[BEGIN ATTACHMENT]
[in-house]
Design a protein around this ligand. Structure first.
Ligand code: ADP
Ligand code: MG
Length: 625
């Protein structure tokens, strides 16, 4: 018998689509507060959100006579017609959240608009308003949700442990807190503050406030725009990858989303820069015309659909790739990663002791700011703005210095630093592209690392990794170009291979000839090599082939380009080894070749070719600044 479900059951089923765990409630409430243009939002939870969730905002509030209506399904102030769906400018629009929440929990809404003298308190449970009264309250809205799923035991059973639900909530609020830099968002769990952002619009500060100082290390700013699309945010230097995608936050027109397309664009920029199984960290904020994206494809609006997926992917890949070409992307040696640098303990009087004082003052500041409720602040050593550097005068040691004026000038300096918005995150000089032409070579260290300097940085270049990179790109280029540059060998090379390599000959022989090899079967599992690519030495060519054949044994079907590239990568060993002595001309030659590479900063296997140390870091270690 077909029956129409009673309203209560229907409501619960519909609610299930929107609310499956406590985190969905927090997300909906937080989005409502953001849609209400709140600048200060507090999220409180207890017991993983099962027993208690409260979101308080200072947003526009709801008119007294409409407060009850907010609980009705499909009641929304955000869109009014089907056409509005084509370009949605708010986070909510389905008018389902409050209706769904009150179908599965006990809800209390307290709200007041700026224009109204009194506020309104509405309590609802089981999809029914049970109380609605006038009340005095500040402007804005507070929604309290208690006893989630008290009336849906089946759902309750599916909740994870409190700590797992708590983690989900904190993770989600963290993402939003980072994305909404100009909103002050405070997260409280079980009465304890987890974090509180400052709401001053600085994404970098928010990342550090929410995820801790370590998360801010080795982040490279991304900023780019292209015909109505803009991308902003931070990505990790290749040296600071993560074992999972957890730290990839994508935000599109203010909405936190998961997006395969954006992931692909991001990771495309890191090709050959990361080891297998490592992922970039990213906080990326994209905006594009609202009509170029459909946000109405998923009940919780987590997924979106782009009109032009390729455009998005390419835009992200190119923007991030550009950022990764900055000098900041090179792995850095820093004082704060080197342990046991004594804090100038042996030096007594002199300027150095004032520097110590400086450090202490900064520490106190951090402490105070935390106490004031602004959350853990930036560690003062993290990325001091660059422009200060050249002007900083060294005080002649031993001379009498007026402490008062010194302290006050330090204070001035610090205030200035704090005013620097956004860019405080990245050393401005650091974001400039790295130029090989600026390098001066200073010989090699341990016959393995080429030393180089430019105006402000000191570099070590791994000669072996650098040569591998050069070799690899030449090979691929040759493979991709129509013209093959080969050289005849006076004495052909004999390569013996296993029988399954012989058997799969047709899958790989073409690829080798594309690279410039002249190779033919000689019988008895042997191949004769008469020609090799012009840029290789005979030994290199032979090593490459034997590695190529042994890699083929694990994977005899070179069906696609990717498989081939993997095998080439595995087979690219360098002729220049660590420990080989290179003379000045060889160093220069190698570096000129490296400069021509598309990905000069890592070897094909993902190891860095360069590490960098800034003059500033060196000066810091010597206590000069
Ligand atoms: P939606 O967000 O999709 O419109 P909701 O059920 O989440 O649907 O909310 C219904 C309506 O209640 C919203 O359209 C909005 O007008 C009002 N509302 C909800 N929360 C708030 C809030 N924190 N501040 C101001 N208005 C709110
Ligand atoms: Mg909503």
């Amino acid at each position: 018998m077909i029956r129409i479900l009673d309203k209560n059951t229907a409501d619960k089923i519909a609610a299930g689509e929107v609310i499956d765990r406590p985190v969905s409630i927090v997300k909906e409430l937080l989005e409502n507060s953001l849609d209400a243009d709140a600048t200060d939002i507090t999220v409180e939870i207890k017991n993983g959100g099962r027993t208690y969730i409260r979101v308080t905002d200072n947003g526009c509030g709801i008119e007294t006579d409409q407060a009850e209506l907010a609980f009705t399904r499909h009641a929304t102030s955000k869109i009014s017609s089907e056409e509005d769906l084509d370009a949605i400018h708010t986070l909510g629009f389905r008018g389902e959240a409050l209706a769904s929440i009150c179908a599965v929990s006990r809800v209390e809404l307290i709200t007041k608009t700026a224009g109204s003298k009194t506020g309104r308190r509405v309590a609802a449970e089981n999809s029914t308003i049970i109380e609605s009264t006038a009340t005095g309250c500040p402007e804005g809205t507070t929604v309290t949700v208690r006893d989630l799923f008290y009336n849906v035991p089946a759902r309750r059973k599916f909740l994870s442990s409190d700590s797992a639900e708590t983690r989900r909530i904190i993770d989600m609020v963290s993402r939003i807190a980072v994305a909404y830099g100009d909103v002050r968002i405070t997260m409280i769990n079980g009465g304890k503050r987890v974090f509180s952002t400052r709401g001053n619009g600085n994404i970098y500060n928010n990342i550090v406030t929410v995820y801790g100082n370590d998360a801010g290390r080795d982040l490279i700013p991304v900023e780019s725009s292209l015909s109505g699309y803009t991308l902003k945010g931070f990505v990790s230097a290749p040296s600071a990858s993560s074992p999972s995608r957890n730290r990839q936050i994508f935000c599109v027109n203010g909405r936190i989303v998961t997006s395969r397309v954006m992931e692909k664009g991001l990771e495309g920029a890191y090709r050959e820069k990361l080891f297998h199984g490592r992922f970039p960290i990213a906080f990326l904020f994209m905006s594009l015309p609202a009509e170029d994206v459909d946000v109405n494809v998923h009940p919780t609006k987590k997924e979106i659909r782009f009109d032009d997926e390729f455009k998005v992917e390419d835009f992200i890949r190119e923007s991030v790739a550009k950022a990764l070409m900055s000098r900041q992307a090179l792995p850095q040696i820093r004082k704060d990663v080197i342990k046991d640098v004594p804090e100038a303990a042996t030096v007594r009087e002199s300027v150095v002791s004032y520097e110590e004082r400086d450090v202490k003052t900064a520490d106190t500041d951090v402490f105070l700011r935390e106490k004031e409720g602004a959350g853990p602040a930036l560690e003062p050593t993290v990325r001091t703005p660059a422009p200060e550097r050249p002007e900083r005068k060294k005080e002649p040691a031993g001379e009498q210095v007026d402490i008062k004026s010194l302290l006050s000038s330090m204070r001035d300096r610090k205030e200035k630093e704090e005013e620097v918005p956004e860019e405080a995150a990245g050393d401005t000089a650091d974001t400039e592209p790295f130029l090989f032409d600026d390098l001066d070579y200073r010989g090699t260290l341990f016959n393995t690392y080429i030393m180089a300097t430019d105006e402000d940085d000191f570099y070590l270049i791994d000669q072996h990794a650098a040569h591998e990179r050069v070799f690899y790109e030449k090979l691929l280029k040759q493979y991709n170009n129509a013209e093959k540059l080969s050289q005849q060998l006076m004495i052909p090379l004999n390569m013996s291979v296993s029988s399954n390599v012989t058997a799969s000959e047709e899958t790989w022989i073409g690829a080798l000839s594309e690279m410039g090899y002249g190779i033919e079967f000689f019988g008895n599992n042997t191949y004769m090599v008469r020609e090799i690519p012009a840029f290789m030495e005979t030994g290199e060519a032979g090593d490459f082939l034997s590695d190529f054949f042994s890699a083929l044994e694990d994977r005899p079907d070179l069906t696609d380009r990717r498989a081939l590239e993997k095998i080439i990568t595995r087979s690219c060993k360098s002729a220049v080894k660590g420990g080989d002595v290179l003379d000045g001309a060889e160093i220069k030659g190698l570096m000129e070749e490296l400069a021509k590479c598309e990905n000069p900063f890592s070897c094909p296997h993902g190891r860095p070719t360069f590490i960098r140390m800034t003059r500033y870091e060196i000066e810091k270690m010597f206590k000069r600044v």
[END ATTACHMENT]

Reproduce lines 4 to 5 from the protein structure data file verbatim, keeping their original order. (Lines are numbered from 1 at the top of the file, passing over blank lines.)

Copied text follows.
Ligand code: MG
Length: 625